Thursday, November 12, 2015

New Discoveries

We made a lot of new discoveries this week.

First up is two fruit discoveries:

This is a picture of a custard apple from the outside, and the inside.
You eat around each black seed—very sweet! I liked eating the soft inside around each seed sack. Elder A thought it was bitter.
Together we ate it up!
We have been buying and juicing small limes each week, adding the juice to our water at meal times. It usually takes 4 limes to satisfy our weekly needs. Last week I saw some large limes so decided to buy them instead.
I only bought 2 since I was sure they would have a lot more juice than the little ones we have been using. However, when I cut into the first one to juice it, this is what I found:
It looks like an orange—and tastes like an orange—and is an orange! So no more paying the equivalent of 50 cents for oranges anymore. The local variety is just fine! But it’s back to the small limes for our lime juice.

As we’ve shared earlier, we take walks most mornings in a nice park about 5 blocks away. Lately we’ve noticed another park just a couple of blocks in the opposite direction and decided to check it out. Look what we found:

The first day we went there, we could even go inside and read about what it is.
It was built during the Lodi dynasty, Sunni Muslims who ruled over Delhi from 1451-1526 AD. There are also a few smaller ruins around the park (seen here behind piles of burning trash),
plus an interesting pagoda:
I particularly liked this sign:

Of course the sign is on one side of a walking path and a busy road is on the other,
but it’s a nice thought!

This week was the Festival of Lights (Diwali), the biggest festival of the year for the Hindus.
Many places decorated with lots of lights, even this gas station.
People gave gifts to family and close friends (often sweets and nuts and fruits) and they set off tons of fire crackers and fireworks. The traffic has been even crazier than usual so we spent a bit more time inside. The mission president’s wife gave us a roll of packing tape and told us to tape around our drafty windows and doors as much as possible. (The tape shows up as shiny around the glass.)
(She had asked about caulk and weather stripping but couldn’t find any. And the people in Mongolia also use tape for this purpose.) It’s really made a difference! And we used a cut up bubble mailer to weather strip our front door.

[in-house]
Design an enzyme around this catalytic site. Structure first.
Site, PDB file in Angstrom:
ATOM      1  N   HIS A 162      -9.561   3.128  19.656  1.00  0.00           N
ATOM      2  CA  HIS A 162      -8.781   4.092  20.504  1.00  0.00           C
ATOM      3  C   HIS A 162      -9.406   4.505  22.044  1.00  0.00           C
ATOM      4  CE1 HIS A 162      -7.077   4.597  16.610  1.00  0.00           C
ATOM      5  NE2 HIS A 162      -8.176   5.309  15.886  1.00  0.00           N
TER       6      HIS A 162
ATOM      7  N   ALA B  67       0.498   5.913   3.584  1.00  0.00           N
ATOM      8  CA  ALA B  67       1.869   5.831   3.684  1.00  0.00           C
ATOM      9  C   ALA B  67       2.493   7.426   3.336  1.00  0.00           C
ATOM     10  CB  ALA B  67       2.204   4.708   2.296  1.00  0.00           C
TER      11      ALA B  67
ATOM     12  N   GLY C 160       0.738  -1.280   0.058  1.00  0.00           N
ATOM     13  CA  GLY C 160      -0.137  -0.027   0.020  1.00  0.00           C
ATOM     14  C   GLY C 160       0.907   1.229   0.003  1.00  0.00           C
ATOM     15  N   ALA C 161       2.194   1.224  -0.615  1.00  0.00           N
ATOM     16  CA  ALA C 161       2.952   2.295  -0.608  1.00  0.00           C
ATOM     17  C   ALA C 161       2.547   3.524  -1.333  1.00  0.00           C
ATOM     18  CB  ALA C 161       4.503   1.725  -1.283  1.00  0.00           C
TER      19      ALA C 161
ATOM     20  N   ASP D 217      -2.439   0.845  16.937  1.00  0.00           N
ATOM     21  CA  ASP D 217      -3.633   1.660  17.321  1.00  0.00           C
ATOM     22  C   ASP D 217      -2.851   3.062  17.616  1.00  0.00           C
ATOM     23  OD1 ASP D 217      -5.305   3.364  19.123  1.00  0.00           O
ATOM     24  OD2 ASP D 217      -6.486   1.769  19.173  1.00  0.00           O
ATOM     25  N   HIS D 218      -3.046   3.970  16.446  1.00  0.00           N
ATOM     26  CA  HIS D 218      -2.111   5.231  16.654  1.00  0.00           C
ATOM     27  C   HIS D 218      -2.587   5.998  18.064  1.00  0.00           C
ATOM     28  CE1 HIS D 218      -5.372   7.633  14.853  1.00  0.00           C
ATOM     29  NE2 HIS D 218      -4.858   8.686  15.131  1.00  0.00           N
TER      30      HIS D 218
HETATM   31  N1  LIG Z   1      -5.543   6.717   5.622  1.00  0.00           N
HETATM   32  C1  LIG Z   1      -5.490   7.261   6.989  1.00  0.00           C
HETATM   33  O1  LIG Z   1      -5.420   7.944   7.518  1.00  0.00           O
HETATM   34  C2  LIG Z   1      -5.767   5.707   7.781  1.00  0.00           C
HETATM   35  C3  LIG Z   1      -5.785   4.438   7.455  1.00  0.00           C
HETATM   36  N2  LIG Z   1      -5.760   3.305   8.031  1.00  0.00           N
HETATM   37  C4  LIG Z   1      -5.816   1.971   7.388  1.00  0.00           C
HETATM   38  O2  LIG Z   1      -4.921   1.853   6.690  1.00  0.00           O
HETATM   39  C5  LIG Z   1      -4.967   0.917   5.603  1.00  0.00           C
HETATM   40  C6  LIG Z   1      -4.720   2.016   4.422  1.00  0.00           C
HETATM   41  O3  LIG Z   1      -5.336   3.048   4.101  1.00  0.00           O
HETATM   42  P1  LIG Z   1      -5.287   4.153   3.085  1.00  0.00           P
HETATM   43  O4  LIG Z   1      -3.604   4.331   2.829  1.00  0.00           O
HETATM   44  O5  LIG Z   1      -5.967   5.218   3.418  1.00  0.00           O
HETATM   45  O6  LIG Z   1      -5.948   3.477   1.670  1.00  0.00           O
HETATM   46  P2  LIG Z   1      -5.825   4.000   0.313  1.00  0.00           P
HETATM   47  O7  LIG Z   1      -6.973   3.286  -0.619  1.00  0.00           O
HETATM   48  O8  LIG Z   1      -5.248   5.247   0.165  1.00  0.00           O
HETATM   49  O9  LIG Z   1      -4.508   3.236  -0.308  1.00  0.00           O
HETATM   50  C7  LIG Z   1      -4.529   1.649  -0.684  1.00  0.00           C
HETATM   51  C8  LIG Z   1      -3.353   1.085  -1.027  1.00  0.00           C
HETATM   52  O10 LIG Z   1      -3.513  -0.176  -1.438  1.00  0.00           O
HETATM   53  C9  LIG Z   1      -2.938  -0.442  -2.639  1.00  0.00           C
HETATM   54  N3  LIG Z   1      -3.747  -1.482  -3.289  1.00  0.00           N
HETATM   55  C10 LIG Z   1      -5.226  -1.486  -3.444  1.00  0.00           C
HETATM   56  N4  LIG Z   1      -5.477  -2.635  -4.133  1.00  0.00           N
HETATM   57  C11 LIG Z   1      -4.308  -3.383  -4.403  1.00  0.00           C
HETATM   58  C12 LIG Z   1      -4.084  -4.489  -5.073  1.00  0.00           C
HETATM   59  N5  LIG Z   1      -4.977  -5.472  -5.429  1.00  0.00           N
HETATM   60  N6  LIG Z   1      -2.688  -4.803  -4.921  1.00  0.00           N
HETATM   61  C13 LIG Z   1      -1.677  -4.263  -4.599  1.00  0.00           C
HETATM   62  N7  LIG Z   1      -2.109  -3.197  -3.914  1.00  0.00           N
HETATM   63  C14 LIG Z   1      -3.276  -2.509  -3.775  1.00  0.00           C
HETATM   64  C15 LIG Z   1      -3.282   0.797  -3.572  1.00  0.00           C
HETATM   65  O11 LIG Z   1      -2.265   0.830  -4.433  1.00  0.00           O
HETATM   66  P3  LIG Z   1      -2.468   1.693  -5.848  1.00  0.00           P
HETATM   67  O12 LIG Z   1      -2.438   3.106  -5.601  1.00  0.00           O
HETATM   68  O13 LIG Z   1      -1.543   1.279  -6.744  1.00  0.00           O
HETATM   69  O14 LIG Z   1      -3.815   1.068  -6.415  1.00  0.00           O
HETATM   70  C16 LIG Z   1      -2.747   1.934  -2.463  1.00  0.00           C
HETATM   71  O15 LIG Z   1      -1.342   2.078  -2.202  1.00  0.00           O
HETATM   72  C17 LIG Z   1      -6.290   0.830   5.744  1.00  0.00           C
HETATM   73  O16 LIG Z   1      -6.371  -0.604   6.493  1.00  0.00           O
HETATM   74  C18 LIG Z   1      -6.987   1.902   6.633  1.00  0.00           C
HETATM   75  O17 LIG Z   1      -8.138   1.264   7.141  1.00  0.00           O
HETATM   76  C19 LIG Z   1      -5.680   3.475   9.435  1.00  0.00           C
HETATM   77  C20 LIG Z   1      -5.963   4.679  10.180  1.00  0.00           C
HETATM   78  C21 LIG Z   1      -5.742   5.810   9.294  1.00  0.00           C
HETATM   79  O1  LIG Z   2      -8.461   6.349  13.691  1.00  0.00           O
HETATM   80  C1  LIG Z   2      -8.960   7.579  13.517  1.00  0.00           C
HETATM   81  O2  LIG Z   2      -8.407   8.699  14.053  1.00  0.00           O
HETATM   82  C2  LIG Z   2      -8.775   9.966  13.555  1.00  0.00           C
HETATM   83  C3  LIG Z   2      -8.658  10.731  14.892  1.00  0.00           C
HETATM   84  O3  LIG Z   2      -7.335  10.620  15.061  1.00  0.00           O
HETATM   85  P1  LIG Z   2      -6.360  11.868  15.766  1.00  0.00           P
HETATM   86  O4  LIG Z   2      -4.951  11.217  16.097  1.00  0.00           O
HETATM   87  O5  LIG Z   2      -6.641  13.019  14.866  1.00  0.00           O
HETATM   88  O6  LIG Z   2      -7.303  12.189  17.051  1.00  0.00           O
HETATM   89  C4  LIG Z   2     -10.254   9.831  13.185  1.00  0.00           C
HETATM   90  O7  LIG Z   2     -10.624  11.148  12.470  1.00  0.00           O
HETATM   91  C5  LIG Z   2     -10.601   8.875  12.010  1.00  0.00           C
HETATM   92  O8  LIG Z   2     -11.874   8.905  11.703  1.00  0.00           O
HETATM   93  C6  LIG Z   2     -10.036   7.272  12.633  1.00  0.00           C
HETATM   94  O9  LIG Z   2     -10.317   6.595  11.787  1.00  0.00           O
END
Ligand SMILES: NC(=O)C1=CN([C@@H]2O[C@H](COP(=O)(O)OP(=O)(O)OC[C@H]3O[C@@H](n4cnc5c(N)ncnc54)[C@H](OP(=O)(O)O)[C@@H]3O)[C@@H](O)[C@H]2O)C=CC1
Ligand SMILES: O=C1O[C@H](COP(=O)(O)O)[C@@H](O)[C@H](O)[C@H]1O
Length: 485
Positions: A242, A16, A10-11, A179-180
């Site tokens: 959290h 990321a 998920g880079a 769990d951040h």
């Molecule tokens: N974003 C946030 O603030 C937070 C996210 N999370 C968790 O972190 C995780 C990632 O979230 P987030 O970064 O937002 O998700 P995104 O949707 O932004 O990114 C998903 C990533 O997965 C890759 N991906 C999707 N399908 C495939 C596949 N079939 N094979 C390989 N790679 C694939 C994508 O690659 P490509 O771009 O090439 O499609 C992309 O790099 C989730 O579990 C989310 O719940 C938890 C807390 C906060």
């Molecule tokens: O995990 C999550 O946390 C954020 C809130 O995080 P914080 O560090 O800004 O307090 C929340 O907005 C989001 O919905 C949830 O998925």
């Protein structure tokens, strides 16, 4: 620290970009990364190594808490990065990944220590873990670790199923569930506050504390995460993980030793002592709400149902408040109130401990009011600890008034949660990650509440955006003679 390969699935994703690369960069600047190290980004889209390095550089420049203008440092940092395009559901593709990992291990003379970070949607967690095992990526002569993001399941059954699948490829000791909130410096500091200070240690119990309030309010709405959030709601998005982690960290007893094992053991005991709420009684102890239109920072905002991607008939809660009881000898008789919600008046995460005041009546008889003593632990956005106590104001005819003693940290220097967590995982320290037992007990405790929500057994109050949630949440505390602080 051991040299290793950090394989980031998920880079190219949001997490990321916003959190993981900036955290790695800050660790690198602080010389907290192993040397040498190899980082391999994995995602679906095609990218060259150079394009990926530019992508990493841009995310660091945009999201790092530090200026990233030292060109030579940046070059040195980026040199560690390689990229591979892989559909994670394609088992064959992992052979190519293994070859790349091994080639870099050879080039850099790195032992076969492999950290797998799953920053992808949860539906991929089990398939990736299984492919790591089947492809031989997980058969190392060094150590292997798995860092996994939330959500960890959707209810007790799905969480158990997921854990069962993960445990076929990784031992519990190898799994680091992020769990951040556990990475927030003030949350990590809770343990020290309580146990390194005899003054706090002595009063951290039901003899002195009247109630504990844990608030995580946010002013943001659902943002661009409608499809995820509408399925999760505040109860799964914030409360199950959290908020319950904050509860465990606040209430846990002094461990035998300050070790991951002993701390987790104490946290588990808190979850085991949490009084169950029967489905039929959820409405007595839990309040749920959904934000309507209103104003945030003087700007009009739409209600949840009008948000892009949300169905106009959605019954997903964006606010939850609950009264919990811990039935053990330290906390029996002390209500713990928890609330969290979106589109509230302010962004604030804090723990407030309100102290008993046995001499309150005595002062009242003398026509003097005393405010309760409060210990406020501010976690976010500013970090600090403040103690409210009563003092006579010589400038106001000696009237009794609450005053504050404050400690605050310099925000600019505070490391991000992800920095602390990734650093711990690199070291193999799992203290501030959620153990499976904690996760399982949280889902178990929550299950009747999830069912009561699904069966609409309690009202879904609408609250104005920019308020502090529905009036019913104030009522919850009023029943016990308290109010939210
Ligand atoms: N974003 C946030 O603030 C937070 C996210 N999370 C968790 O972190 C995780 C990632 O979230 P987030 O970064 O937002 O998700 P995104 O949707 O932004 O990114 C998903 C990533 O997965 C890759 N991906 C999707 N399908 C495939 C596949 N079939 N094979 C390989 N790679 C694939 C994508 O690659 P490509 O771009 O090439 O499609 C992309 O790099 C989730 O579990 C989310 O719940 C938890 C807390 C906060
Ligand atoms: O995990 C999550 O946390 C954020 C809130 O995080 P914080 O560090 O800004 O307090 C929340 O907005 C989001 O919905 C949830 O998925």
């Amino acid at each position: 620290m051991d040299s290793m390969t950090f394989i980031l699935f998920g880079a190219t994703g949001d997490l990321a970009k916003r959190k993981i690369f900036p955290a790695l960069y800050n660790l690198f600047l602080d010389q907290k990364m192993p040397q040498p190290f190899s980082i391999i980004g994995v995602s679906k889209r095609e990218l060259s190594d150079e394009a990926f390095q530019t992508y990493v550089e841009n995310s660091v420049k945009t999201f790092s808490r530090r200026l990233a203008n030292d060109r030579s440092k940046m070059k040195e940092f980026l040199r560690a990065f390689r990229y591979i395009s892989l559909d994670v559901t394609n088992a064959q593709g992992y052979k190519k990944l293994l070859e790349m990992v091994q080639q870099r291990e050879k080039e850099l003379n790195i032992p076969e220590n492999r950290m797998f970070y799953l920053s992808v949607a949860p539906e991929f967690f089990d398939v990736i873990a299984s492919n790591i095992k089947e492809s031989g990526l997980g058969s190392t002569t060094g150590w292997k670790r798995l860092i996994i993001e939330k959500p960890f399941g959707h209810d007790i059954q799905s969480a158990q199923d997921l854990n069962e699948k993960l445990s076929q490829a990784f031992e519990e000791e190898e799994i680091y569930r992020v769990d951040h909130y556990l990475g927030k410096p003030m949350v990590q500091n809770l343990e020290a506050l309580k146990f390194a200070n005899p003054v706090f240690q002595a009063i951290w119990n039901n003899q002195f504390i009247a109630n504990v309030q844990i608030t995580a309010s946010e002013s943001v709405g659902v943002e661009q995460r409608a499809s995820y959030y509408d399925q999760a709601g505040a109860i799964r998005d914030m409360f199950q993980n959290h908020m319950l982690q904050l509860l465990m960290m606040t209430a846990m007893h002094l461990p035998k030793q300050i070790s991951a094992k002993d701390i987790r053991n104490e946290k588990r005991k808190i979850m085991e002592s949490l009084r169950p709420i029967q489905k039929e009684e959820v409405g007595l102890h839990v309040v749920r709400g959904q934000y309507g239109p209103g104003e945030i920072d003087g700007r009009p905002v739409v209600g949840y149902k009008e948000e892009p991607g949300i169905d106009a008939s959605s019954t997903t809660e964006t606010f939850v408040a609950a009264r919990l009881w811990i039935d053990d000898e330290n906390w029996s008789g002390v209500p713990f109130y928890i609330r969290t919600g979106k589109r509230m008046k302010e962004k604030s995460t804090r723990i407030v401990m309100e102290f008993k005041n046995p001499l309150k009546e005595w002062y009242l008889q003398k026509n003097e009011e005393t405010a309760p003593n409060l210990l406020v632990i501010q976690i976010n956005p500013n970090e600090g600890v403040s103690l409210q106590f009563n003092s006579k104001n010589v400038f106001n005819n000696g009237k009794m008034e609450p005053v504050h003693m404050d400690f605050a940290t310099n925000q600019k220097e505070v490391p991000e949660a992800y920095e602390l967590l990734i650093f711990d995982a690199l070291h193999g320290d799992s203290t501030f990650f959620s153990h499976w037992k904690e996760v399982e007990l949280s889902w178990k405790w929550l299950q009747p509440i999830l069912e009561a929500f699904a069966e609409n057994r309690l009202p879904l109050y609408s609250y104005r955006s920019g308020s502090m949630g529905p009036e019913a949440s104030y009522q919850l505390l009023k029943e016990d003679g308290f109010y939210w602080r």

We are onto using our second air masks already. This picture shows the difference of a 3-week old mask, a 1-day old mask, and a new one. The air pollution is real!

The last adventure I want to share is about a trip out to Noida on Tuesday afternoon—the day before Diwali. The taxis were charging 2.6 times their usual fare (supply and demand works here) but we had an appointment with the branch president and his counselor so away we went. When we got there, the pest exterminator was spraying for bugs and rats so we couldn’t meet inside. No problem, we just grabbed some chairs and met in the courtyard out front. All of a sudden, a troop of about 20 monkeys came jumping down from the roof. The security guard grabbed his stick and kept them away from us. However, one of them had peed from up above and it went onto/into my purse! Luckily I keep my zippers closed and my shawl in a ziplock. As soon as we got home a few hours later, both the ziplock and my purse got a thorough cleaning!
Here is a picture of the kind of monkeys they were—I didn’t get a picture of the exact culprit.

We are beginning to see some effect of our efforts here—both branch presidents we are working with are very open to support and leadership training for both themselves and their branch leaders. Elder A is so effective in this kind of situation—so loving and kind in his guidance and suggestions. And we hear that both of them now have a schedule for holding all their branch leadership meetings regularly, have organized Home teaching and visiting teaching routes, and are really excited about the potential in their branch, especially the larger of the two branches. Dwarka has about 300 members but only averages 75 at church on Sunday while Noida has 80 members and averages 12-20 on Sundays. We alternate which branch we attend and were at Noida this last week. There were 30 there—but about 8 were visitors from Rexburg, Idaho, 5 were missionaries, 5 were investigators and that means 12 were branch members. We still have a lot of work to do! Here is the Noida Branch President on the left with his counselor. We love them both!

Oh, and stay tuned. We learned this week that Elder Rasband is coming to India to help form a stake in Bangalore this weekend, then coming to Delhi for a meeting with the YSA next Monday night before going to Mumbai and then Pakistan with our Mission President. Elder A and I have been writing up articles about newsworthy events in Delhi for the India Newsroom page and/or the Facebook page of the church in India. So I guess we’ll just have to go to this meeting as well. We feel blessed!


  1. The park and ruins are beautiful. Sounds like you guys are having some success. I like reading about your experiences.

  2. These are incredible stories. I feel like I am there when I read your posts. New food, new animals, new air, new environment, new precautions and new people. Thank you for your dedication!

  3. Wow! Those crazy monkeys. I can't imagine having a meeting where monkeys roam free. You should try taking pics of animals so we can see what kinds you see there! And those masks- even after 1 day! Can't imagine that going in your lungs. Is it the worst riding in the taxis? Hooray for meeting another member of the 12!!

  4. That fruit looks yummy! And those air masks look really dirty! And what interesting stories you'll have to share about all the animals you meet. Glad you had your scarf in a ziplock bag.